DEAR ABBY: The letter from "D.W. in Reno, Nev." about giving needy children books for the holidays caught my attention. I would like to tell D.W. about Rolling Readers, California's largest nonprofit children's literacy organization. It was started in 1961 by a father, who -- after noticing the profound effects of reading aloud to his sons -- volunteered to read to kids at a homeless shelter. The experience was very rewarding (as I can attest, because I am a Rolling Reader volunteer), and it took only an hour per week. And after that, he began recruiting others with a love of books, reading and children.
We volunteers go to our assigned schools (or other locations, such as homeless shelters) once a week and read aloud to one or more classes. Three times a year we have a Book Give-Away when each child gets his or her own new book.
We hope that by reading aloud to children, we will help them to learn to read; and that, by giving them books of their own, they will learn to love reading. I always tell my "story children" that education is one of the most important gifts of life, and the key to a good education is reading. Besides, it's fun!
Children love to hear stories, but they are thrilled to have their own books. "I don't have to bring it back, Miss Mary Ann? You mean I can keep it?" I am often asked by children who never before owned a book. It's been four years since my first Book Give-Away, and kids stop me on the playground and tell me they still have the first book I gave them.
Abby, I hope you will let your readers know about Rolling Readers. -- MISS MARY ANN, VOLUNTEER, BRADDOCK DRIVE ELEMENTARY SCHOOL, SANTA MONICA, CALIF.
DEAR MISS MARY ANN: I'm pleased to inform my readers about this worthwhile project. Your letter reminds me of the poem:
"Richer than I you will never be,
"For I had a mother who read to me."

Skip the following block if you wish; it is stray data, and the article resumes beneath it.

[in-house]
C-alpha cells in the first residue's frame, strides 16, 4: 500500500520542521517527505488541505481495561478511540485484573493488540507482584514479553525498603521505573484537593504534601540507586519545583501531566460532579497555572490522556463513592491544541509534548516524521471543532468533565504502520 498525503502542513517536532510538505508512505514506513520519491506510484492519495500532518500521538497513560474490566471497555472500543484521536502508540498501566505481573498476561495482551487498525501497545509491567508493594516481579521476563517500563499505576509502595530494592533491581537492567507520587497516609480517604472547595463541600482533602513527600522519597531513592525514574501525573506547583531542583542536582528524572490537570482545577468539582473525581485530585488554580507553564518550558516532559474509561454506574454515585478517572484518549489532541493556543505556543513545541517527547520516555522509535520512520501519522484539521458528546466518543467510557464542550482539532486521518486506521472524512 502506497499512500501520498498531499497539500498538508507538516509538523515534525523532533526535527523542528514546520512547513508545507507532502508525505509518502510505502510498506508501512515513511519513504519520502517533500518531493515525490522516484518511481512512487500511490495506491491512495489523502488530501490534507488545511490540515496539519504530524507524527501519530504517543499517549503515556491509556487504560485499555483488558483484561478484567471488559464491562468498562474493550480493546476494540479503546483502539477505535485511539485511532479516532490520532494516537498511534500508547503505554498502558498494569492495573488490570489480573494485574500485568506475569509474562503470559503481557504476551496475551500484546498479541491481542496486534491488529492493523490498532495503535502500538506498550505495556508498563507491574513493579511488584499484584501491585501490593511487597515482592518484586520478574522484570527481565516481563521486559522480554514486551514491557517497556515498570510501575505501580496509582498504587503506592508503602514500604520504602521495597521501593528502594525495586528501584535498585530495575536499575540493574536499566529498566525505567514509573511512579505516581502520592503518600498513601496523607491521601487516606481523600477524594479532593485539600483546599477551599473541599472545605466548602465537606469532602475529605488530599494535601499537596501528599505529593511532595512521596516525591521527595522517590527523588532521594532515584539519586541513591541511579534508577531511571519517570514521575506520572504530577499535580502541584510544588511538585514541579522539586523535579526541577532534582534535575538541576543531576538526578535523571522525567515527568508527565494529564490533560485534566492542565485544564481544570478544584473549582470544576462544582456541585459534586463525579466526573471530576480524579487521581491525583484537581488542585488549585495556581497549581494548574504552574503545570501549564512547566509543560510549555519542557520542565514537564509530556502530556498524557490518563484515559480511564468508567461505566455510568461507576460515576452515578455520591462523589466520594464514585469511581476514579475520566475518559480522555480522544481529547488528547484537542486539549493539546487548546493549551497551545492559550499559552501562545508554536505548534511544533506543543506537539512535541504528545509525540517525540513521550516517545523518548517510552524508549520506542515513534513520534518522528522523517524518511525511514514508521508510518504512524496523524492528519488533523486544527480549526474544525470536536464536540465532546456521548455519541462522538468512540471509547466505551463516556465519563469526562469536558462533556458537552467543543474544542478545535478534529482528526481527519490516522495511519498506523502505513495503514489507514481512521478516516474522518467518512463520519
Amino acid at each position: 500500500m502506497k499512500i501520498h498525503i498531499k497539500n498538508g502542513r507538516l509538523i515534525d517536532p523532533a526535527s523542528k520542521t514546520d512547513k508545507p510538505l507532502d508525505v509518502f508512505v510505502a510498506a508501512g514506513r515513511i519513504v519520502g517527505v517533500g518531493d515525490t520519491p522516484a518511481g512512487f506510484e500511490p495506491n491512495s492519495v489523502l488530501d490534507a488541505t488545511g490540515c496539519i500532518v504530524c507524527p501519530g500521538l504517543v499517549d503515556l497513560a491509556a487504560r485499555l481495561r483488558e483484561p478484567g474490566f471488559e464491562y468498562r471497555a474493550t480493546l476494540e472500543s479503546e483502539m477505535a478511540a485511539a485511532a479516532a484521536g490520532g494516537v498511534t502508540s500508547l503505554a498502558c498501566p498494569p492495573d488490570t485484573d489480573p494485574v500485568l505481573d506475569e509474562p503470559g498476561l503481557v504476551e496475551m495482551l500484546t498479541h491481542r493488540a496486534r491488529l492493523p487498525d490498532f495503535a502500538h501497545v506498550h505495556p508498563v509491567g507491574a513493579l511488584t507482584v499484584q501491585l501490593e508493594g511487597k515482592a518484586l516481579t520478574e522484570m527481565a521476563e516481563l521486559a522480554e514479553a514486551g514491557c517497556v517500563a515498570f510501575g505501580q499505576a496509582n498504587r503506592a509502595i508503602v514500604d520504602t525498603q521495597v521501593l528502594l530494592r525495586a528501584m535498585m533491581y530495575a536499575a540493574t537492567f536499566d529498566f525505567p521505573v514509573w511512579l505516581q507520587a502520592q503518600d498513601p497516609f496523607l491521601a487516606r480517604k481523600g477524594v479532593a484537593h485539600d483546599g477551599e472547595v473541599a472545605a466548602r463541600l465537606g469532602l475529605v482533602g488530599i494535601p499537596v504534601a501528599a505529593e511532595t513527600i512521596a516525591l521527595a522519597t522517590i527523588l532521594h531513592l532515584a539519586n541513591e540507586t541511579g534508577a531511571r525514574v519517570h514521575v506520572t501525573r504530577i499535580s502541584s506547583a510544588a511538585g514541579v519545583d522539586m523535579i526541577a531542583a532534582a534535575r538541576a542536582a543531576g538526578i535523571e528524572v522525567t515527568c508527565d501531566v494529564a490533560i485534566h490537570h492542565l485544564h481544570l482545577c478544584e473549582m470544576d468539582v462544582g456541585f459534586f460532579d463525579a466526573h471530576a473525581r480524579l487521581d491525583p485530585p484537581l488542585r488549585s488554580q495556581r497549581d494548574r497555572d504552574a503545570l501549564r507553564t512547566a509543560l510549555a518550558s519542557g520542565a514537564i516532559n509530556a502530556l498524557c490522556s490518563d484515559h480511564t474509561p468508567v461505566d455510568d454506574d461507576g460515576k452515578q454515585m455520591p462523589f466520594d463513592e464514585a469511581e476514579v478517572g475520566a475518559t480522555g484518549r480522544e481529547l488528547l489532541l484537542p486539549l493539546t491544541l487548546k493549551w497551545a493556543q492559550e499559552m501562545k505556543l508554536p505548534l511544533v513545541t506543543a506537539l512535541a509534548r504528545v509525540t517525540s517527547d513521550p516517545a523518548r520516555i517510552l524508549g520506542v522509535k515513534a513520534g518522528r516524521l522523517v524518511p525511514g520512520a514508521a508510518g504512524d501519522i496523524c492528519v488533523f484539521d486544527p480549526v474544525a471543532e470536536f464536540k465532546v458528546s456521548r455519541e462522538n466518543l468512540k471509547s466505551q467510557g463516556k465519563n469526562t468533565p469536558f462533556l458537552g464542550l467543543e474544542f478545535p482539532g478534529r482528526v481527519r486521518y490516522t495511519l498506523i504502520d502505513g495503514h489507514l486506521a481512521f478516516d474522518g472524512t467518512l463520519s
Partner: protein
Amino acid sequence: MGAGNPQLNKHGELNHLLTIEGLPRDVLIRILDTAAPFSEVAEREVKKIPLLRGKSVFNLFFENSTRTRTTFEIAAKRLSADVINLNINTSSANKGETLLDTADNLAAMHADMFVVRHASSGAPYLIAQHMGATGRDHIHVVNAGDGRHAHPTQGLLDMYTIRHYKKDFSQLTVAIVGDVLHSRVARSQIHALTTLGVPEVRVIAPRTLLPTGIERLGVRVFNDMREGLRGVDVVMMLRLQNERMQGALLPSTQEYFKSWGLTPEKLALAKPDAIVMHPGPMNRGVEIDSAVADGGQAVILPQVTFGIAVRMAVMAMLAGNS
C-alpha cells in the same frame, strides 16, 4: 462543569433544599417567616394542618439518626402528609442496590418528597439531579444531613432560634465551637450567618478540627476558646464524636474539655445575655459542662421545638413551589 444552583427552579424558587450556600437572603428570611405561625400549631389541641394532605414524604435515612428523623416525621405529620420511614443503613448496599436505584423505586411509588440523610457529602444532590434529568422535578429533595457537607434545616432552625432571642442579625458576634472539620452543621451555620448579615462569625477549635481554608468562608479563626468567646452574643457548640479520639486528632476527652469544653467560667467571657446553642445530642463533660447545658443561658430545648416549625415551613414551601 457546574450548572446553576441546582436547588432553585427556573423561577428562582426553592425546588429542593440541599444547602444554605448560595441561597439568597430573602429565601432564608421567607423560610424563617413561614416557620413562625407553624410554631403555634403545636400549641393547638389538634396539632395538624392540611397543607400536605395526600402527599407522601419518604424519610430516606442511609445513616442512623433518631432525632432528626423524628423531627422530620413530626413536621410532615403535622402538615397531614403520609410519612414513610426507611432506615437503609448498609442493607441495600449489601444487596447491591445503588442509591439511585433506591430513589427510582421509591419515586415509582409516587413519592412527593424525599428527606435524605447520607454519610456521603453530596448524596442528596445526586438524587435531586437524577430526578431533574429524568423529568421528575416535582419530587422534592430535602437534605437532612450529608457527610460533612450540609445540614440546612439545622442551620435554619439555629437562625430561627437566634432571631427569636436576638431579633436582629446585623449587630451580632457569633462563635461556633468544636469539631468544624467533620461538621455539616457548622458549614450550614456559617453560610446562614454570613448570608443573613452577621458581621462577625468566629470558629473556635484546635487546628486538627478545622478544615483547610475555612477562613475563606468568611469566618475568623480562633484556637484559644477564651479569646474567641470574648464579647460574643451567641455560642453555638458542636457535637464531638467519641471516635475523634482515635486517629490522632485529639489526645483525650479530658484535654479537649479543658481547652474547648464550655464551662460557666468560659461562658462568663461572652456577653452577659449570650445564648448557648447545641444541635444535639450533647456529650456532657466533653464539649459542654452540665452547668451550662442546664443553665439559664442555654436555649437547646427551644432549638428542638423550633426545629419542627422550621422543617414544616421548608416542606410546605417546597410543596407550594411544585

Although Rolling Readers is a California project -- it's the largest nonprofit children's literacy organization in the state -- there is no reason why it can't be replicated in every community where there are concerned adults willing to give their time. Rolling Readers represents a most noble form of diversity: They are black, white, yellow and brown; college students and retirees; executives and actors; homemakers and cab drivers; Republicans and Democrats.
For more information about this worthwhile effort, contact: Rolling Readers, P.O. Box 927315, San Diego, Calif. 92192-7315, or call 1-800-390-READ or 619-738-7243. They will help you volunteer, start a volunteer team or start a local chapter.
DEAR ABBY: Recently you printed a letter from a hospital volunteer who asked that mail for patients be addressed with their legal (first, middle and last) names, not nicknames.
Perhaps this hint will also help your readers when they address cards to people who are hospitalized: Instead of your own return address, use the patient's home address.
If the person is discharged before the mail arrives at the hospital (which is often the case), the card will be delivered to his/her home, rather than coming back to you. -- ELSIE PRIBULA, BETHLEHEM, PA.
DEAR ELSIE: Several readers offered this tip, which I think is excellent. I'm pleased to share it.
To order "How to Write Letters for All Occasions," send a business-sized, self-addressed envelope, plus check or money order for $3.95 ($4.50 in Canada) to: Dear Abby, Letter Booklet, P.O. Box 447, Mount Morris, Ill. 61054-0447. (Postage is included.)
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